It was the rarest of occurrences: a sitting mayor taking the stand in a trial against a man charged with stealing over $1 million from him.
Mayor Michael Bloomberg faced John Haggerty, 42, a Republican political consultant, who is accused of stealing $1.1 million that Bloomberg donated to the Independence Party for ballot security on Election Day in 2009.
Wearing a dark suit and red tie, Mayor Bloomberg took the stand in State Supreme Court in Manhattan shortly before 10 a.m. and testified for over 2.5 hours in a courtroom filled with reporters that Haggerty did not deliver on what he promised to do.
Known for impatience when facing public scrutiny, the mayor remained composed all throughout the defense’s tough questioning.
Instead, it was defense attorney, Raymond Castello, who grew impatient, raising his voice several times.
“I would appreciate if you answered my questions instead of volunteering information,” he told the mayor. Castello reiterated the same point several times throughout the questioning.
Bloomberg said he donated $1.1 million to the Independence Party after an agreement was hammered out where Haggerty would act as his campaign’s representative and organize the party’s efforts to provide ballot security. Instead of using the money to deliver ballot security, prosecutors say Haggerty spent $600,000 to purchase his father’s home in Queens and spent less than $32,000 on monitoring the city’s 1,355 polling places.
“We could have done a lot of good in society,” Bloomberg said. “It’s a lot of money.”
The defense has argued that once the mayor donated the money, he could no longer decide what would be done with it.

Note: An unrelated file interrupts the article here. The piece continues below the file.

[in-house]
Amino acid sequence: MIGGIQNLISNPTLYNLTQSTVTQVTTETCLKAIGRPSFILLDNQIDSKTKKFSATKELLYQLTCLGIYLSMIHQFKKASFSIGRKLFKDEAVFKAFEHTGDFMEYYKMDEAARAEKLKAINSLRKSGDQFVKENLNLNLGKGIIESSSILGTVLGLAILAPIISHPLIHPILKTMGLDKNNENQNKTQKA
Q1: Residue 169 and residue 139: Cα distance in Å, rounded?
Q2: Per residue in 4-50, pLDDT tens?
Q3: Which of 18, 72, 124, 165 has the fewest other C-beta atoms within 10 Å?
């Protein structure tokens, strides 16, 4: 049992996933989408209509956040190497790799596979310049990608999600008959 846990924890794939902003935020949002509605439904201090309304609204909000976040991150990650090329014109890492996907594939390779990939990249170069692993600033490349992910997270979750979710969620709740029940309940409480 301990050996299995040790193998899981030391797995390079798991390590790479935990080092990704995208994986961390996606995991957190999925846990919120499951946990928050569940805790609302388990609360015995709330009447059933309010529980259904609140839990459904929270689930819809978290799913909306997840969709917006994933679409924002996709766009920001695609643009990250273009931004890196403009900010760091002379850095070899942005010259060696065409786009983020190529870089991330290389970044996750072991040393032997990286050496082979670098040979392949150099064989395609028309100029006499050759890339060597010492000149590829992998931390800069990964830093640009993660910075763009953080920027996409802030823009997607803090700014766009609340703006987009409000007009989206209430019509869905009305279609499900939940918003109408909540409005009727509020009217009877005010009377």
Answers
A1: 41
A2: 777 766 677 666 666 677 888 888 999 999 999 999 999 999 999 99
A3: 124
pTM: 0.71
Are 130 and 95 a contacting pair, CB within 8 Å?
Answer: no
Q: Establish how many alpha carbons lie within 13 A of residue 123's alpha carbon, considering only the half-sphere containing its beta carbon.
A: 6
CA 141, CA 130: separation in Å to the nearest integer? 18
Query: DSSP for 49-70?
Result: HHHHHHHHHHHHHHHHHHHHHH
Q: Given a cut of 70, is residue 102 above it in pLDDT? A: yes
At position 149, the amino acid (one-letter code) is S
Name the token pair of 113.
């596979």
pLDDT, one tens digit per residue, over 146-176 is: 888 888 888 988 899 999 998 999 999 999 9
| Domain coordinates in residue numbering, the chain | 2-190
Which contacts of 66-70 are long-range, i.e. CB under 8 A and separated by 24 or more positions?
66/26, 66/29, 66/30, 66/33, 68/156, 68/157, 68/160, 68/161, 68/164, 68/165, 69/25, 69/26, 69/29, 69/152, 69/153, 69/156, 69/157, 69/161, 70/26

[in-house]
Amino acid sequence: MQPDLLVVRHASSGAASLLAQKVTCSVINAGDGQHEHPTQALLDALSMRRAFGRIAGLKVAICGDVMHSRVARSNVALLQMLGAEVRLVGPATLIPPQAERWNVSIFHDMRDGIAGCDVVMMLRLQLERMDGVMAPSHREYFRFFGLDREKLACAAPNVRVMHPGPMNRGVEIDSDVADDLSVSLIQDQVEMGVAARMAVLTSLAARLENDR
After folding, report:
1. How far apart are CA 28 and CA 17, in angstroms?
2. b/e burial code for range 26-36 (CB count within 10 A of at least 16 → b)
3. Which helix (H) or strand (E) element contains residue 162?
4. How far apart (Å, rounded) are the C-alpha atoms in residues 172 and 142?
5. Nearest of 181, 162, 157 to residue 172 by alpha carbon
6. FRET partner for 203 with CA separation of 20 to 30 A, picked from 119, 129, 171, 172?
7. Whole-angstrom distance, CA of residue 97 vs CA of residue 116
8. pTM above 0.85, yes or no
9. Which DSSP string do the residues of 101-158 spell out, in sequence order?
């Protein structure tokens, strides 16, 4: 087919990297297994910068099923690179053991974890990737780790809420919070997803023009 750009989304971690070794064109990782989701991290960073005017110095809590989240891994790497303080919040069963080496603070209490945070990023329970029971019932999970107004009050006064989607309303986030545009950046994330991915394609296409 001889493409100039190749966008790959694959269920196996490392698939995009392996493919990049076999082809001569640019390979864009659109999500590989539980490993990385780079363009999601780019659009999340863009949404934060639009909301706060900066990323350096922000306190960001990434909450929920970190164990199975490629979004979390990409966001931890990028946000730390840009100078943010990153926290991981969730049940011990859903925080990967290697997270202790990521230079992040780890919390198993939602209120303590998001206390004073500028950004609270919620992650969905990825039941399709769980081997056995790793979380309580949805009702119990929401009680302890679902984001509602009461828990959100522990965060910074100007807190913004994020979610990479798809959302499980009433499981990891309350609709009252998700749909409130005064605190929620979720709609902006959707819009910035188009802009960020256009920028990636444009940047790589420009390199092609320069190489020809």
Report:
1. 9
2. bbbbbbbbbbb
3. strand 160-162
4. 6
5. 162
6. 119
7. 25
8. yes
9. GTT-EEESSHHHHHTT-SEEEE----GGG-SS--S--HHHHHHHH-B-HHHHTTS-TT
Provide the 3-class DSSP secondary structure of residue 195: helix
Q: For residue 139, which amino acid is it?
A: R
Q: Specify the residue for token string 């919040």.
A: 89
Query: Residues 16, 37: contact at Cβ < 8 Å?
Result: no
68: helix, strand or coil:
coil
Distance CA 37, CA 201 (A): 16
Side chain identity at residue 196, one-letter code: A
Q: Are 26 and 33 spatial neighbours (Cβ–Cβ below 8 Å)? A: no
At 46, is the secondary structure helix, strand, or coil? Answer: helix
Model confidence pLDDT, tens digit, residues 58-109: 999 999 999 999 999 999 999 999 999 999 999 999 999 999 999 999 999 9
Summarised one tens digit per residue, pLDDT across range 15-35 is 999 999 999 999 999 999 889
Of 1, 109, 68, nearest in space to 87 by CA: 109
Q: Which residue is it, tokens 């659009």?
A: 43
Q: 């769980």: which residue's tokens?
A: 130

Asked by prosecutor Eric Seidel if he would have ever donated the money to the party for other purposes, Bloomberg strongly denied it.
“I would not have given that magnitude of donation to any political party,” he said.
Mr. Haggerty’s lawyers have turned the spotlight on the mayor since the trial began last week, alleging Bloomberg had tried to hide financing of the ballot security operation. They argue he was inclined to do so, because some see it as a way to suppress votes, particularly from minority voters.
For that reason, they argue, Bloomberg gave money from his personal and not campaign account to the Independence Party, so the donation would not have to be disclosed until two months after the elections.
But the mayor denied that, saying he did not view the $1.1 million as campaign contribution. It benefited all candidates, not only him, he said.
(Photo: John Haggerty/Alec Hamilton for WNYC)
Asked by Castello if he was aware ballot security had negative connotations, Bloomberg said that might have been true at certain times and in some parts of the country, but not in New York City.
The mayor could also not recall a number of events, such as the time when he definitely decided to run in 2009, the $1.2 million donation to the Independence Party prior to the 2009 campaign, or whether his aides Patricia Harris and Kevin Sheekey told him when the $1.1 million were transferred to the Independence Party.
“We’re very happy with the way the testimony went this morning,” Dennis Vacco, Haggerty’s other attorney, told the media outside the court. “Quite frankly, we’re a little surprised with the number of questions that the mayor just simply didn’t know the answer to, didn’t remember, didn’t know.”
Vacco declined to elaborate on why exactly the mayor’s lack of memory was beneficial for his defense strategy, saying it would be clear as the trial continued.
In the courtroom, another part of the defense strategy was questioning the mayor’s credibility. Castello brought up the case of former deputy Stephen Goldsmith, whose arrest after an altercation with his wife the mayor did not reveal at the time he resigned and the mayor’s change of heart over term limits.
Castello also asked at one point if Haggerty perhaps promised something he never intended to do.
“Isn’t that what you regularly did at Salomon Brothers?” Castello asked, referring to the mayor’s 15-year-stint at the Wall Street investment bank, and surprising the courtroom with the question.
“I beg your pardon?” the even-more surprised mayor responded.
Before he was instructed by Judge Ronald Zweibel not to use it, Castello quoted from the mayor’s autobiography.
“As I found out at Salomon and again with the Bloomberg terminal, you promise users everything; then you build what you can, and what you think they need,” Castello quoted from Bloomberg by Bloomberg.